“Hi, how are you? We miss you guys. Stay healthy.”

These are the type of sentiments people collecting grab-and-go breakfasts and lunches from the Marshall School District can hear from staff members who provide twice-weekly curbside pick-up in front of the elementary school.

Vehicles idle in line, yellow pieces of paper with numbers secured under the passenger side windshield wiper to indicate the number of children needing meals. White paper bags marked with B or L for the type of meal are handed through the passenger window first; then the vehicles creep forward a couple feet for the milk carton distribution.

With schools shuttered to all but a core team of personnel and no knowledge of when –or if — the buildings will reopen for the remainder of the academic year, local districts continue providing food to pupils.

From 10:30 a.m. to noon on Monday and Thursday, children who reside in the Marshall School District can receive bags of food; this is a change from the initial plan when the district planned to have several sites in the community for daily pick up. District business manager Bob Chady said this reduces the number of district staff involved in the program, which in turn means less time of potentially being exposed to any virus.

For Waterloo students, meal bundles are available to pick up Thursdays from 3-5 p.m. near the elementary school front doors. Each of the packages is in a plastic bag marked with the student’s name.

Sharon Peterson, the business manager for the Waterloo School District, said 74 students are receiving the weekly food bags. The numbers in Marshall are more than double this. Chady said initially the program was serving 165 breakfasts and lunches daily; the demand has increased to the point where the district is providing 200 breakfasts and lunches.

Breakfast items being distributed at Marshall include muffins, string cheese, juice, milk and fruit. For lunch, there is a sandwich (turkey, ham, peanut butter and jelly, and other assorted varieties), ½ cup of fruit, ½ cup of vegetables and milk. Chady said the menus and meals vary by day.

Peterson said Waterloo is following the nutrition guidelines of the Wisconsin Department of Public Instruction to create its bundles. Breakfast items being packaged include breakfast bars, whole fruit and milk or juice. Lunches contain a protein item such as a sandwich, fruit and additional items including cheese sticks, crackers, applesauce, and milk or juice.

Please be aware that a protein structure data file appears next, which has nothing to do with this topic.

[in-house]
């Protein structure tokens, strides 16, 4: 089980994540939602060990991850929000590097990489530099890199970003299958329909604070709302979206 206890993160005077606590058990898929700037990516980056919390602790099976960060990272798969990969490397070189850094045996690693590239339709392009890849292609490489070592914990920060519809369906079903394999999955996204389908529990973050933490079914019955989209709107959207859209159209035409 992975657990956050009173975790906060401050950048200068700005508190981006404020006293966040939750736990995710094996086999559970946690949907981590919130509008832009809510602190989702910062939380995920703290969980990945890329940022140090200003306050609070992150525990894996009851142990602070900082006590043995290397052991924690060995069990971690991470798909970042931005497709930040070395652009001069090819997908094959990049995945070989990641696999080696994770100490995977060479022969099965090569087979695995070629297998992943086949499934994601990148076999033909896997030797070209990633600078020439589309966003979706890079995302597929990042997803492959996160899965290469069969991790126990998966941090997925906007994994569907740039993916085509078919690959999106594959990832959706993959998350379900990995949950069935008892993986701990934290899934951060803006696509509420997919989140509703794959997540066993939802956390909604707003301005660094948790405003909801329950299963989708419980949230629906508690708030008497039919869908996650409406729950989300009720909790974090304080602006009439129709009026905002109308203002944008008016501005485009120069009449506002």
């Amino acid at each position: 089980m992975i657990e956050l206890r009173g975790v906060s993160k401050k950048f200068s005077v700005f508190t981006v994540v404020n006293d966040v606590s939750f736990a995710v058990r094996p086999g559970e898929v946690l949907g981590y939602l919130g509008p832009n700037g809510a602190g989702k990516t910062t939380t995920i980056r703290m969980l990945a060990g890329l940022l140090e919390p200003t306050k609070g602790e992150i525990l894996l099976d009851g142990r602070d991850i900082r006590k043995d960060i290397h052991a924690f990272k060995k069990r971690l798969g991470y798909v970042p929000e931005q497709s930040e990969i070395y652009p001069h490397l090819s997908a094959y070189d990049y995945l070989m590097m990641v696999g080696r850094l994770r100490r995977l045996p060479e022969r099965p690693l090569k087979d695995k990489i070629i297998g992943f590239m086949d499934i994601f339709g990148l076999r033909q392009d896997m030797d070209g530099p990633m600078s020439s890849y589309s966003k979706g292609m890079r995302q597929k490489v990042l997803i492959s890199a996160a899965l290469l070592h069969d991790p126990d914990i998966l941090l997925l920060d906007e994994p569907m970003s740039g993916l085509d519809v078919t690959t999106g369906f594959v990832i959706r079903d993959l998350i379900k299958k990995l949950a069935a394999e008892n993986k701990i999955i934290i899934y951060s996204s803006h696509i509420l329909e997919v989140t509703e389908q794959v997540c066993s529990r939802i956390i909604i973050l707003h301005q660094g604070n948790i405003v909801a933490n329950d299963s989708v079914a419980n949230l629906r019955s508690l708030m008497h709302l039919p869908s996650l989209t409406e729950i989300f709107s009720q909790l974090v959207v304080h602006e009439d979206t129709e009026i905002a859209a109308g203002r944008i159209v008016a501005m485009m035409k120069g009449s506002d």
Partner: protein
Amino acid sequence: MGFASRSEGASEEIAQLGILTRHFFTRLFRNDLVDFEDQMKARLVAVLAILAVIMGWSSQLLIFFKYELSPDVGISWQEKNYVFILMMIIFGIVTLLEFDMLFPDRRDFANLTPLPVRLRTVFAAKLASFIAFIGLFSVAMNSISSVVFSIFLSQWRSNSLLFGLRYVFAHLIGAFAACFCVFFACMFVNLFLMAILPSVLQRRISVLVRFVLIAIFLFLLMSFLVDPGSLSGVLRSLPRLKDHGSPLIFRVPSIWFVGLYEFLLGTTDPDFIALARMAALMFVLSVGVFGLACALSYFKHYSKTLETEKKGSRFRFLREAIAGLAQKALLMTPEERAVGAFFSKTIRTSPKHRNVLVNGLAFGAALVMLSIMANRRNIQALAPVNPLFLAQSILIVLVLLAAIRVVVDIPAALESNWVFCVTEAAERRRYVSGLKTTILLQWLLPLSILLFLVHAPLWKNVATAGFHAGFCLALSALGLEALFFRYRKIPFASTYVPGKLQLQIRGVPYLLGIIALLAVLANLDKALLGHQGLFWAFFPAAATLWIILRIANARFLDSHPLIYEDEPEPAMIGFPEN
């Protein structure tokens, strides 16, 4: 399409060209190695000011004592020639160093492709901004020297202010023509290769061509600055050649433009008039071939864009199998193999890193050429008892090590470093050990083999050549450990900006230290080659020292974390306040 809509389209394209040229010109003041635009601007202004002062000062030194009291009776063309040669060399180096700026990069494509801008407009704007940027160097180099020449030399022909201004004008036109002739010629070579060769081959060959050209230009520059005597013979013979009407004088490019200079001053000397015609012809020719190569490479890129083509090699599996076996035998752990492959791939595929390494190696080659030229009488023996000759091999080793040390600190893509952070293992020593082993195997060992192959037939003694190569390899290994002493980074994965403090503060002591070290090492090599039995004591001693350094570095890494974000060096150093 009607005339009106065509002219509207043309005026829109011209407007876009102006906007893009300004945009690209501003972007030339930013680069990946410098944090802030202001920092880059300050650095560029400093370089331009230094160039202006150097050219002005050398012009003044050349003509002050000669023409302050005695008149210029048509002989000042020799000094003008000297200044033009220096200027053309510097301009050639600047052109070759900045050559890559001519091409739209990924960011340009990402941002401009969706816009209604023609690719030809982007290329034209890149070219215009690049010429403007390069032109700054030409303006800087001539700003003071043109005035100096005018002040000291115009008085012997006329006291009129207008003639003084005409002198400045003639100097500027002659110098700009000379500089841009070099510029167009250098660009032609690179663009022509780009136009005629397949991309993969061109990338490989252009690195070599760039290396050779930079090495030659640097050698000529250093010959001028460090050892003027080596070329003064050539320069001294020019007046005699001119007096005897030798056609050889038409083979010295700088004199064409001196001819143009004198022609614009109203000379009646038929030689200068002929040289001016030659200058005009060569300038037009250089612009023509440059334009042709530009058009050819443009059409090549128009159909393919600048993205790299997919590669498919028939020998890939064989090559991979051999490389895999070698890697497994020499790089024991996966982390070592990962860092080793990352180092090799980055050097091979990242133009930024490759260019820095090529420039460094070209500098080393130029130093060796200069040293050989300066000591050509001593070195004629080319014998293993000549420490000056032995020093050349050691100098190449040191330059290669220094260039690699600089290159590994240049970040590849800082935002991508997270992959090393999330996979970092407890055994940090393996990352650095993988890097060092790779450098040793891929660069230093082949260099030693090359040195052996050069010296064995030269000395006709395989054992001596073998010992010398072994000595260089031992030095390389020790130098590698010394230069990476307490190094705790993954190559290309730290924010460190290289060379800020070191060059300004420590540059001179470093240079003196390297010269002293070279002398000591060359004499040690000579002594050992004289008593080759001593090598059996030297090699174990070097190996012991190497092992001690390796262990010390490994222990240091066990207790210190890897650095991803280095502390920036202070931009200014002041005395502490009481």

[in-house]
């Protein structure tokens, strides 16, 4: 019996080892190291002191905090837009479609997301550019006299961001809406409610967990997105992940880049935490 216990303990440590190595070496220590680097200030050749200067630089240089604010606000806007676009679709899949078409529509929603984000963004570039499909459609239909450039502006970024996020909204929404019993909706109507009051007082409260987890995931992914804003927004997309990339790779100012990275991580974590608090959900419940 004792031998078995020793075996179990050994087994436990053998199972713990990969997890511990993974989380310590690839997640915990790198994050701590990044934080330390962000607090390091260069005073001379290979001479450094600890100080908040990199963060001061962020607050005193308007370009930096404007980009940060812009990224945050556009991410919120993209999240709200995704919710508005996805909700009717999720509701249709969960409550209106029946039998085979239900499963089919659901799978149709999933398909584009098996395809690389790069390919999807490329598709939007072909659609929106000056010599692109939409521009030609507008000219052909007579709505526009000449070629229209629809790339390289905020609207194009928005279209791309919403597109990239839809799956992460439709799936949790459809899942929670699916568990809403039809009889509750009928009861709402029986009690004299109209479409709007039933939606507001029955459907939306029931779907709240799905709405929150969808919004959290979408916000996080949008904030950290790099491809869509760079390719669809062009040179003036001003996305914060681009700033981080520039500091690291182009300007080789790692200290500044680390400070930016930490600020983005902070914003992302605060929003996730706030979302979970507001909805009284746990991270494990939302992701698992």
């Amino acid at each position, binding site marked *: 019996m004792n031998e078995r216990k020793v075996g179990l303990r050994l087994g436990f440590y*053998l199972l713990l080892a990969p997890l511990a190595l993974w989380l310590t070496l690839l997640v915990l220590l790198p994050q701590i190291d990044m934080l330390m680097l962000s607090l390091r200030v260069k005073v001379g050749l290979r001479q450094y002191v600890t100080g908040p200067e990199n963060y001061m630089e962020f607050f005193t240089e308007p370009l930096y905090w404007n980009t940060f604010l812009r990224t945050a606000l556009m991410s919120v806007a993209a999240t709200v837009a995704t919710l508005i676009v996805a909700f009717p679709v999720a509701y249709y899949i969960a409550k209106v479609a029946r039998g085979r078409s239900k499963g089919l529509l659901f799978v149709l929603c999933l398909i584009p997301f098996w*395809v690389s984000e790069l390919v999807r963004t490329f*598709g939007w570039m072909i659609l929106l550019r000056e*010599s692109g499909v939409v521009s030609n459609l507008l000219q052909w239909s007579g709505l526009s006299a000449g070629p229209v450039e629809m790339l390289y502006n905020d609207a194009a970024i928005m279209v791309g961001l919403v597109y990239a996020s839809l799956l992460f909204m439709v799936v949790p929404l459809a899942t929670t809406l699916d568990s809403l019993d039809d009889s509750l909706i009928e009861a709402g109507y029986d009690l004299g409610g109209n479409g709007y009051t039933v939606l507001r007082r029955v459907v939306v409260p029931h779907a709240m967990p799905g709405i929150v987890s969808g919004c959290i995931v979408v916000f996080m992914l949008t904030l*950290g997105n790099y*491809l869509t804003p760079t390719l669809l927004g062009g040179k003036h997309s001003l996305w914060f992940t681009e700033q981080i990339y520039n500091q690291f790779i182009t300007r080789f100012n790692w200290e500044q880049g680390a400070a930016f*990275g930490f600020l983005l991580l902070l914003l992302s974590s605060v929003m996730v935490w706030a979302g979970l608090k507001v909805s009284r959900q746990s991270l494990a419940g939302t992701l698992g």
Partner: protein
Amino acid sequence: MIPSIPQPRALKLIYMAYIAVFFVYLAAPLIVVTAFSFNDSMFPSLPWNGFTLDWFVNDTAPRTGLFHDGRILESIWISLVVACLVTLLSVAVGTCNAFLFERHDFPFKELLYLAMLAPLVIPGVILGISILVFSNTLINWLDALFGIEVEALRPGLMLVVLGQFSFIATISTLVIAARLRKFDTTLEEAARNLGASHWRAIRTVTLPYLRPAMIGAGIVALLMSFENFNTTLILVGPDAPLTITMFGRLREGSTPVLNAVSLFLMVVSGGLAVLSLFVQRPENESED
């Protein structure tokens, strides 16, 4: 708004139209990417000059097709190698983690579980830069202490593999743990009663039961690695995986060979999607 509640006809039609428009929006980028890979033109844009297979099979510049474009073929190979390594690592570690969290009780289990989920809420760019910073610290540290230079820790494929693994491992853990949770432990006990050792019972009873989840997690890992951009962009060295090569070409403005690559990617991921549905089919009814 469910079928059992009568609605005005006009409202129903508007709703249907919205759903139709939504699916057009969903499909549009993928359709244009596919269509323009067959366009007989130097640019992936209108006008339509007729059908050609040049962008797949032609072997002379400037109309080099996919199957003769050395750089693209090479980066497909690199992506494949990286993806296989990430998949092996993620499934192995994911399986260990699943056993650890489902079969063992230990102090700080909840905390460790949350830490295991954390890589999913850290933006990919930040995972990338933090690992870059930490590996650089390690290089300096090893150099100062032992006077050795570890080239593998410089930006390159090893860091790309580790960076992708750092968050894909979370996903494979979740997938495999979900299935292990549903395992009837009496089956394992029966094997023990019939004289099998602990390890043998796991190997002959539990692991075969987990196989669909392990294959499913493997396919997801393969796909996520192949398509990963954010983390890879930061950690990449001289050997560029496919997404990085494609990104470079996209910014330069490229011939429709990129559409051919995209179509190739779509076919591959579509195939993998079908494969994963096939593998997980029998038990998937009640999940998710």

The meal programs are both being supported by the United States Department of Agriculture, but through different avenues. Marshall is taking part in the Summer Food Service Program, which was allowed to be activated early. Chady said Marshall participated in the program during the summer of 2019 to provide free breakfast and lunch to students taking summer school courses. The USDA reimburses school districts with federal money based on how many meals are distributed. To qualify for the summer food service program, more than 50 percent of a district’s students must qualify for free or reduced meal prices during the regular school program.

The Waterloo School District is utilizing the USDA’s Seamless Summer Option that uses the same meal service rules and claiming procedures during the regular school year. Peterson would like to continue using this program, which uses federal funds to reimburse the district, to continue serving meals to students. She said the meal is free to all students in the district.

“The school districts were also invited to apply for a No Kid Hungry emergency relief grant up to $50,000,” the Waterloo business manager said, adding she has applied for the grant, which could supply $5,000 to $50,000. “We don’t want this to cost a lot of money, but we do want to provide the most nutritional meals we can to our students and follow the guidelines given.”

Peterson said the PTO has been a huge asset in providing contributions and efforts to distribute the meals. The organization has been accepting monetary donations to help purchase milk vouchers that can be used at the local stores. As of March 23, the PTO has raised $1,400.

Chady said the it is unknown how much money the district will need to keep the program going through the end of April.

“Honestly, our efforts have been more aligned with making the program happen and meeting the needs of our community than on our cost and profit/loss margin,” he said. “We will get to that at some point, but we’ve been too busy with the pace of trying to keep up with things and administering the business side of the school district during these interesting times.”

The Waterloo business manager said the district plans to provide food until the end of the month or until resources run out.

“We take it one day at a time as necessary,” she said.

According to Peterson, parents and students are very appreciative and happy in regard to the free meals.

“The comments from the community (families and children) are very heartwarming. Much thanks and appreciation for the district providing this service,” the Marshall business manager said. “Many families now find themselves in a position of financial insecurity and these meals help to direct their financial resources to their dinner plate and other family obligations.”

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